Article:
‘Coffin case’ duo want correctional supervision, not imprisonment

 Willem Oosthuizen and Theo Jackson Picture: Felix Dlangamandla
Willem Oosthuizen and Theo Jackson Picture: Felix Dlangamandla

Judgment has been reserved in the case against Willem Oosthuizen and Theo Jackson, who were sentenced to 11 and 14 years respectively after forcing Victor Mlotshwa into a coffin.

The Supreme Court of Appeal in Bloemfontein heard arguments this morning by the men, who appealed their sentences.

Oosthuizen and Jackson were found guilty in August last year of attempted murder, two counts of assault with intent to cause grievous bodily harm, kidnapping and intimidation.

Justices Mahomed Navsa, Nigel Willis and Ashton Schippers represented the Supreme Court of Appeals, and questioned defence attorneys for the pair, Advocates Wayne Gibbs and Org Basson, as to why they should be granted bail.

Navas spoke about a slim chance of the pair escaping a “custodial sentence”, in which a sentence or punishment is imposed upon a criminally charged person who has to serve their punishment in prison.

Basson said that they sought to have the pair be granted a non-custodial sentence under correctional supervision.

A video emerged in November 2016 of them forcing Mlotshwa into a coffin and threatening to pour petrol over him, with Mlotshwa begging for his life.

Oosthuizen and Jackson, who were farmers at the time, had accused him of stealing copper cables and trespassing.

The pair have continuously denied that racism was the motive behind their actions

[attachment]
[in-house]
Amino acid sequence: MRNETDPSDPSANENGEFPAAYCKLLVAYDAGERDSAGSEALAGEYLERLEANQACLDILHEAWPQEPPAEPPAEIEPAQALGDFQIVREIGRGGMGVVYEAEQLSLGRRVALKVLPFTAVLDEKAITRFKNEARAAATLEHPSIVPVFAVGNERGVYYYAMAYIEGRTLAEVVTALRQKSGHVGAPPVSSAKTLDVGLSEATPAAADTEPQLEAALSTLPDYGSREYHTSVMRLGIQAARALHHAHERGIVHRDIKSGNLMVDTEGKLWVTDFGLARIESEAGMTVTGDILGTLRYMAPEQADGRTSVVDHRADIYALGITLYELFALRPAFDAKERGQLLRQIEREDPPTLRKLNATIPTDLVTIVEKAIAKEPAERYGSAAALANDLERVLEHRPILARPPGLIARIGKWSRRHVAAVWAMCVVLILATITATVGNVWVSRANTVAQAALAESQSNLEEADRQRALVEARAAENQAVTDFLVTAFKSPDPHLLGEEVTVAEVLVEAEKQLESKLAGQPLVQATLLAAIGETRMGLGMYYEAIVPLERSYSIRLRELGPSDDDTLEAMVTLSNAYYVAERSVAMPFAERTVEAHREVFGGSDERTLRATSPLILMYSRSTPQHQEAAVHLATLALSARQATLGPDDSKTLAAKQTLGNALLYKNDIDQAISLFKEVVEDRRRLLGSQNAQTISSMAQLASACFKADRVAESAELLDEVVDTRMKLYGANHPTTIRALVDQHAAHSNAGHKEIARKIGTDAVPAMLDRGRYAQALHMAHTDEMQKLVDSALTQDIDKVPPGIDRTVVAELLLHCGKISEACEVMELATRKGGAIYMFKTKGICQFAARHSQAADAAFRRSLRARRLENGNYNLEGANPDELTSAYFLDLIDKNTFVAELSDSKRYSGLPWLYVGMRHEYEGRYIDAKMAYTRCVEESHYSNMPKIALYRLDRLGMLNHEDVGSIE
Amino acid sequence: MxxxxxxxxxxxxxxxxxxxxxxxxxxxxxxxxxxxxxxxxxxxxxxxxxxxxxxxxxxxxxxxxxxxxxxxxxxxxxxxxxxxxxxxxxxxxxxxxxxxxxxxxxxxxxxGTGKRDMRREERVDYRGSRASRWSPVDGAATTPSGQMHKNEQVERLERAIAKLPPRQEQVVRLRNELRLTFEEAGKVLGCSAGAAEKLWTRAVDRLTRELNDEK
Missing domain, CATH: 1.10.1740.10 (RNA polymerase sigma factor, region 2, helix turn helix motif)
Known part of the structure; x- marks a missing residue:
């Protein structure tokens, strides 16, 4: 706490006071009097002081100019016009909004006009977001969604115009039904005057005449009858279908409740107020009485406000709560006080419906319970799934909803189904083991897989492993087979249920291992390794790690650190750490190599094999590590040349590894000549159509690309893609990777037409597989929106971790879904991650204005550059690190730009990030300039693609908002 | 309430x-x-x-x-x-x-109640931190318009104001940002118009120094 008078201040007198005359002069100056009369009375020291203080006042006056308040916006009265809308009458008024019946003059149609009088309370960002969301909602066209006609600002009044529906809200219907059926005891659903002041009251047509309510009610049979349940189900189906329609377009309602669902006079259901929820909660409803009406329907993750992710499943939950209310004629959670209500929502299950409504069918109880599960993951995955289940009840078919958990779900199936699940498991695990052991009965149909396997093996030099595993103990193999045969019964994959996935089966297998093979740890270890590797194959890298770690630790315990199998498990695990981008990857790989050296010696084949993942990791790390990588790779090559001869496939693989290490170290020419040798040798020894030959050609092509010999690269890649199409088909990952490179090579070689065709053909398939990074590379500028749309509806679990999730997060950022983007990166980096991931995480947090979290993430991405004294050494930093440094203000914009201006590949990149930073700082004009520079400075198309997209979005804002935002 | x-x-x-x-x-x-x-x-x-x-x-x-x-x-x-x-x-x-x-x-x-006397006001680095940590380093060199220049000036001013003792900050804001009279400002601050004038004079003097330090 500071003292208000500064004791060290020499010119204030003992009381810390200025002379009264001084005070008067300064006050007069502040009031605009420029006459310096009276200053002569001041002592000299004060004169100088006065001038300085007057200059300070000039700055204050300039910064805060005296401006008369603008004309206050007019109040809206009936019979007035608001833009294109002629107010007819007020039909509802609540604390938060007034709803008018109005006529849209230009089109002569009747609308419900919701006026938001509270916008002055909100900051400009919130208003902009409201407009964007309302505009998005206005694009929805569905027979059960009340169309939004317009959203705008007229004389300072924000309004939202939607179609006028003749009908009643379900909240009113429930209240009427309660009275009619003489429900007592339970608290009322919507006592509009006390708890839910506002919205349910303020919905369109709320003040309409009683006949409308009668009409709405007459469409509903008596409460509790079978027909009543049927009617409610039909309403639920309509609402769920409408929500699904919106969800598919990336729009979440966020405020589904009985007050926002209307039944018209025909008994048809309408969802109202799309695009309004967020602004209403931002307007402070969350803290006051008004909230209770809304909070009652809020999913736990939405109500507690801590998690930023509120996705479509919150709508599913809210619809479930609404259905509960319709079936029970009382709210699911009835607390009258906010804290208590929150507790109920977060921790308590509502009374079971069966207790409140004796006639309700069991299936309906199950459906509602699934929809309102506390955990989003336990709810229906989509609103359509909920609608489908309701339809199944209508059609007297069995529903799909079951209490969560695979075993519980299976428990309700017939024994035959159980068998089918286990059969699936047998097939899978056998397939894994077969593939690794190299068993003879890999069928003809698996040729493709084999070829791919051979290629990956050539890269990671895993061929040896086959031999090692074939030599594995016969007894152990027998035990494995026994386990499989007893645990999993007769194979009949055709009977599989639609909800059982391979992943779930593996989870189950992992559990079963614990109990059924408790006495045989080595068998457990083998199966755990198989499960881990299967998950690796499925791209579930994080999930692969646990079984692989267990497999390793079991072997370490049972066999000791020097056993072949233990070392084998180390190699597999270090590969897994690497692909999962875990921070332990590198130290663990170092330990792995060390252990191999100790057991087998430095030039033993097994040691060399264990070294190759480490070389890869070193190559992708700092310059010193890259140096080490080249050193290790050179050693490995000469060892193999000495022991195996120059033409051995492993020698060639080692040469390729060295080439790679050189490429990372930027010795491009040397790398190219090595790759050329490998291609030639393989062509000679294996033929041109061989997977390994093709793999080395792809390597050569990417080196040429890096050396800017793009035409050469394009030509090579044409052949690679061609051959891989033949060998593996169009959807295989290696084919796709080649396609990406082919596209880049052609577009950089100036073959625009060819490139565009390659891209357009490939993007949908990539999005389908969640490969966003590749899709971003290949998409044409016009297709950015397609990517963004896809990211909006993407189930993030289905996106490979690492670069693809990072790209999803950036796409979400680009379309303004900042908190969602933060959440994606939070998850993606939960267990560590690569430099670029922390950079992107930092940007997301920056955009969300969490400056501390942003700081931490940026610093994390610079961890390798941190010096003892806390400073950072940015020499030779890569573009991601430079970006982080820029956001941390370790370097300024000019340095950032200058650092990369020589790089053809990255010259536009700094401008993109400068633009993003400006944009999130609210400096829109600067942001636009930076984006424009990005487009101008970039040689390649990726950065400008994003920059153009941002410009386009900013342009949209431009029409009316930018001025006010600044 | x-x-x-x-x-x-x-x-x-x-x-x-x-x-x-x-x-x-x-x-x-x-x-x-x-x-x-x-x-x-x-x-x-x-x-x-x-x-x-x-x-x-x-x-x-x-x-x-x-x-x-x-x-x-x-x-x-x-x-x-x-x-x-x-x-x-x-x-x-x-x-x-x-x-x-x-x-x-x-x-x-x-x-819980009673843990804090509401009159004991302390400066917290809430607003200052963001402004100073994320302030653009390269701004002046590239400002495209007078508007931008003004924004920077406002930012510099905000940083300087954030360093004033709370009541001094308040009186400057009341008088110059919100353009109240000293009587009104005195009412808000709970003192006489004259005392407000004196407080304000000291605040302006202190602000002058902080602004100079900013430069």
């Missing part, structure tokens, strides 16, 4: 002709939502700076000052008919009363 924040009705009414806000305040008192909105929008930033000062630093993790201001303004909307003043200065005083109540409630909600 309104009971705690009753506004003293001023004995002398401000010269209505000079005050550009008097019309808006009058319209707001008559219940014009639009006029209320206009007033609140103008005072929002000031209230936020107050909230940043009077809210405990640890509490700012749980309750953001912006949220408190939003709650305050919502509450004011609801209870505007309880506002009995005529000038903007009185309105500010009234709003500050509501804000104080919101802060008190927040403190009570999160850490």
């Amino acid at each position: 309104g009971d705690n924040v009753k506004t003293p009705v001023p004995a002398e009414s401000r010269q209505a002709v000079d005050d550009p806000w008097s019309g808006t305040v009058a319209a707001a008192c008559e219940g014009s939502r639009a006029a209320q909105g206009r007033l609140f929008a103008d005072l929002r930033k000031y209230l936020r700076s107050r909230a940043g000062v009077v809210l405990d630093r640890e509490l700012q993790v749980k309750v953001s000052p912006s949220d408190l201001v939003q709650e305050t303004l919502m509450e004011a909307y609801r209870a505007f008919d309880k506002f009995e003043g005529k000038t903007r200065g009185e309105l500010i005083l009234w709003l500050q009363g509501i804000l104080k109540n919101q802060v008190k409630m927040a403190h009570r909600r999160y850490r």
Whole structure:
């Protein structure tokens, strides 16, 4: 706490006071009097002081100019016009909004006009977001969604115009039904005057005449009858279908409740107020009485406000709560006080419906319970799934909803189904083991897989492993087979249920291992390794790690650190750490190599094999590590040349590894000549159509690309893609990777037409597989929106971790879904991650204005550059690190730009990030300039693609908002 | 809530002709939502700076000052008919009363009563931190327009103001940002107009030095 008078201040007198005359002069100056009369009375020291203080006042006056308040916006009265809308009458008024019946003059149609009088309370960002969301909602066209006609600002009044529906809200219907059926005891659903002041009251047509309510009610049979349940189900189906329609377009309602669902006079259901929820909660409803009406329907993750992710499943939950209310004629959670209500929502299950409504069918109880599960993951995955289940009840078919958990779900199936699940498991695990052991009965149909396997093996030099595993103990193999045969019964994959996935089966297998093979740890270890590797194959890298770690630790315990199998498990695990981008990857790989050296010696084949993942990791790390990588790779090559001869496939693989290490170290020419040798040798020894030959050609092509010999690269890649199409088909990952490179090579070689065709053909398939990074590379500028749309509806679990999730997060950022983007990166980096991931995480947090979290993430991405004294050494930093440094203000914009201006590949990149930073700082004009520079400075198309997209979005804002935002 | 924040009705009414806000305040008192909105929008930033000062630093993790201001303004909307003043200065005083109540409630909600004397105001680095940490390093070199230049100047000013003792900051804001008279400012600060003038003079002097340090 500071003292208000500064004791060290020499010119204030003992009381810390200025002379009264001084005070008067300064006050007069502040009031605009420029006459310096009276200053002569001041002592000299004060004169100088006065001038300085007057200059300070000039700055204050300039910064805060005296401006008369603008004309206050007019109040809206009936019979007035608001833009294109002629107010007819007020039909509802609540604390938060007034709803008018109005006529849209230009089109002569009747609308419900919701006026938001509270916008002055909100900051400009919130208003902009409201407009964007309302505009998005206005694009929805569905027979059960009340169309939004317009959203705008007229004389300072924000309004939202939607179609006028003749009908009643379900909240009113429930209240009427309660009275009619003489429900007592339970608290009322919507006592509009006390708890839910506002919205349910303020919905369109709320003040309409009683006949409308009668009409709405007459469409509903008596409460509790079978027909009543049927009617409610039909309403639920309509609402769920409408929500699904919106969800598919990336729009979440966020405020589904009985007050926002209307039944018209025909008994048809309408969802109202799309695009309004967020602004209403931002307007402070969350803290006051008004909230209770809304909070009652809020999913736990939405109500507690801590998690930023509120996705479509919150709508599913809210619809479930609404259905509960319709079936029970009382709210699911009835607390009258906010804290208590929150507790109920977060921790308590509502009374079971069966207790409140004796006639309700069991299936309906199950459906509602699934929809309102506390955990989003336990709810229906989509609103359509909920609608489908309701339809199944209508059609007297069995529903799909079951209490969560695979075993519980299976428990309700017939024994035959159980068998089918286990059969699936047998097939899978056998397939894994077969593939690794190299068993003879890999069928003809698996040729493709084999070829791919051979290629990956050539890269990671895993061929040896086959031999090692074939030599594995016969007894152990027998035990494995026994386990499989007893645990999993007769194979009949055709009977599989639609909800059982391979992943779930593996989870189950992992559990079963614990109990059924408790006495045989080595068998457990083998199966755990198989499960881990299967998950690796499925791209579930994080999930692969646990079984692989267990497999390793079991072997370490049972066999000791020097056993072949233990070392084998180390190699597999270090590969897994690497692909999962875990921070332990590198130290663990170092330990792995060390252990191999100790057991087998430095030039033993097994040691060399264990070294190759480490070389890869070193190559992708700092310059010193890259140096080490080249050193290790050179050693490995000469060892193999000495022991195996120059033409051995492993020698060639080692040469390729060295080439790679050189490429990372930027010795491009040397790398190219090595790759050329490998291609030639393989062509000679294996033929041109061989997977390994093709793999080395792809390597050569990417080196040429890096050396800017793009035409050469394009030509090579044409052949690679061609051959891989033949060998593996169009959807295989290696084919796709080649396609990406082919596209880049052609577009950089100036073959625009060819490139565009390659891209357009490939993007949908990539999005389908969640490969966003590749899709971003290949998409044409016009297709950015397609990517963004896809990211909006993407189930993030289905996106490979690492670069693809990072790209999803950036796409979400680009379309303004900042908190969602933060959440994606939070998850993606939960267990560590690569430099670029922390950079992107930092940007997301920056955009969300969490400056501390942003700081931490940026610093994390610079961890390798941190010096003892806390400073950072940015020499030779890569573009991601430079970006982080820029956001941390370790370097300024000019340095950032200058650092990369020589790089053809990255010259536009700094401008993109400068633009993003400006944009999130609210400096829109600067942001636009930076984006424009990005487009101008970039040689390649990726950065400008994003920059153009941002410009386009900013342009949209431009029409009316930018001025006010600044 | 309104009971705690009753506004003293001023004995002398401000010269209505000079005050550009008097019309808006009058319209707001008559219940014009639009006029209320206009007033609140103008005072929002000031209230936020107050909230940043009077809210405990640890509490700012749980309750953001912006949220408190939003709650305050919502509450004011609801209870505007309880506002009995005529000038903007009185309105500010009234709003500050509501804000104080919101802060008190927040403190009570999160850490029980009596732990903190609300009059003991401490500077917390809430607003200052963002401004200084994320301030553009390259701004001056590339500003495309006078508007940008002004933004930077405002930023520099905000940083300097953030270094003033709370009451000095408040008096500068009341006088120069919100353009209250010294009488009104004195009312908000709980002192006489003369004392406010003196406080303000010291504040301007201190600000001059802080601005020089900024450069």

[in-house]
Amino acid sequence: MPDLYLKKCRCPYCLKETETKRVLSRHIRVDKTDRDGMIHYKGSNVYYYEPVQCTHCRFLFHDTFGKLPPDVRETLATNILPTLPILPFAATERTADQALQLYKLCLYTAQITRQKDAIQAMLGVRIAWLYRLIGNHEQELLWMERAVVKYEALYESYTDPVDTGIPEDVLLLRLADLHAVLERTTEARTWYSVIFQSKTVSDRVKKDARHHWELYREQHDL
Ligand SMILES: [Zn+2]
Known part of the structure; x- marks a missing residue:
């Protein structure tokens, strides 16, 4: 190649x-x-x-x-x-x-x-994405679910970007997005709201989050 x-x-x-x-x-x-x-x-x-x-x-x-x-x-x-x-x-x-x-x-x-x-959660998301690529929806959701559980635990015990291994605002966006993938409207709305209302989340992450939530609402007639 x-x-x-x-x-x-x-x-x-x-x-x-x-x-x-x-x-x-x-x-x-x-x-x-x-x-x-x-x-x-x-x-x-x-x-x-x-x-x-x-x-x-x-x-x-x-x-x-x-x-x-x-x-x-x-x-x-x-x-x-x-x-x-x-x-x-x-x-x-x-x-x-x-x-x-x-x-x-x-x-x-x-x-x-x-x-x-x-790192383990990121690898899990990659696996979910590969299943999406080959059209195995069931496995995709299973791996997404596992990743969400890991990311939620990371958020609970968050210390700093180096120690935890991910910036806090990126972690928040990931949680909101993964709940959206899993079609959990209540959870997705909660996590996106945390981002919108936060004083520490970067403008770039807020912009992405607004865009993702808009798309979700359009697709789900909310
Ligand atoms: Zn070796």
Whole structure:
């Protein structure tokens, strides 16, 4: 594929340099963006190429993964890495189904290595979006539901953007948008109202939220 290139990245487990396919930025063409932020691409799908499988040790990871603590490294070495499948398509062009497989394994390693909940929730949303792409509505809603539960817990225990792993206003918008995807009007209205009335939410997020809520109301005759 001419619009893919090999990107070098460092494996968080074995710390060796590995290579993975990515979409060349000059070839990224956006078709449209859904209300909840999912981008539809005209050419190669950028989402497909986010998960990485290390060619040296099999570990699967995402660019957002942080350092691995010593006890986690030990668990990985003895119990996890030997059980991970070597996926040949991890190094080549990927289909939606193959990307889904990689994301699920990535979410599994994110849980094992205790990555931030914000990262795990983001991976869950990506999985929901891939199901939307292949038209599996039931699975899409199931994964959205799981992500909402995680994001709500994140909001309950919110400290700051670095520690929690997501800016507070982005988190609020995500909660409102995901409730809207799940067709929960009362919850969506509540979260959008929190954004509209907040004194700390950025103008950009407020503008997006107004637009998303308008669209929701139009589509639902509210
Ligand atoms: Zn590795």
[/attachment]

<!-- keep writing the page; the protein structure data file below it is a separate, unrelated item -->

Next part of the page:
The trial garnered international interest.

The Daily Mail UK had reported in August last year on the trial, saying that “South Africa is beset by deep-rooted racial inequality 23 years after the end of white-minority apartheid rule, and cases of racism have erupted regularly on social media in recent years.”

BBC News reported on the sentencing signalling a change in governance.

“For many South Africans, to watch on live television a black female judge sentencing white males for a racist attack on a young black man is a sign that things are slowly changing in this nation defined in its past by racial supremacy,” it reported after Judge Segopotje Mphahlele sentenced the pair in Middleburg.

Despite widespread condemnation both locally and internationally, many organisations vouched for the ruling in helping to curb racism within South Africa.

Amnesty International South Africa said last year that a “clear message” was being sent that racism and discrimination would not be tolerated.

The South African Human Rights Commission also considered taking action against the pair in November last year and threatened to take them to the Equality Court.

A previous case that ended up in the Equality Court was the racist rant by former estate agent Vicki Momberg, who was in March sentenced to two years in prison after calling a police officer the K-word following an attempted hijacking incident in 2016. This incident was also caught on video.

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